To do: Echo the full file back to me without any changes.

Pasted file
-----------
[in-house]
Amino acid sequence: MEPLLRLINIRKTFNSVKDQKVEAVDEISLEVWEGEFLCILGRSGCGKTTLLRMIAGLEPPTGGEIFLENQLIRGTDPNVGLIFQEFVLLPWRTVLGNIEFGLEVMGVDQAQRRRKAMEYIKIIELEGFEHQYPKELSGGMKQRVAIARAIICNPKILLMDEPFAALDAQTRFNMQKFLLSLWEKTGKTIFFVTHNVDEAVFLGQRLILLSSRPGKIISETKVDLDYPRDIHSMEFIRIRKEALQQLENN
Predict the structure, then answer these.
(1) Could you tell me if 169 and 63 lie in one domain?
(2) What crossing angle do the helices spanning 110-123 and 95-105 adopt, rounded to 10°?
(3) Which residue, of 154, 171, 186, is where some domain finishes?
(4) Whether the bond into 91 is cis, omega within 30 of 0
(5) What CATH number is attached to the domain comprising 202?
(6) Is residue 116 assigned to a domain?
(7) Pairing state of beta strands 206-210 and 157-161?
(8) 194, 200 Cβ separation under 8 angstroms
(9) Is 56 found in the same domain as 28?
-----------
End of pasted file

[in-house]
Amino acid sequence: MEPLLRLINIRKTFNSVKDQKVEAVDEISLEVWEGEFLCILGRSGCGKTTLLRMIAGLEPPTGGEIFLENQLIRGTDPNVGLIFQEFVLLPWRTVLGNIEFGLEVMGVDQAQRRRKAMEYIKIIELEGFEHQYPKELSGGMKQRVAIARAIICNPKILLMDEPFAALDAQTRFNMQKFLLSLWEKTGKTIFFVTHNVDEAVFLGQRLILLSSRPGKIISETKVDLDYPRDIHSMEFIRIRKEALQQLENN
Predict the structure, then answer these.
(1) Could you tell me if 169 and 63 lie in one domain?
(2) What crossing angle do the helices spanning 110-123 and 95-105 adopt, rounded to 10°?
(3) Which residue, of 154, 171, 186, is where some domain finishes?
(4) Whether the bond into 91 is cis, omega within 30 of 0
(5) What CATH number is attached to the domain comprising 202?
(6) Is residue 116 assigned to a domain?
(7) Pairing state of beta strands 206-210 and 157-161?
(8) 194, 200 Cβ separation under 8 angstroms
(9) Is 56 found in the same domain as 28?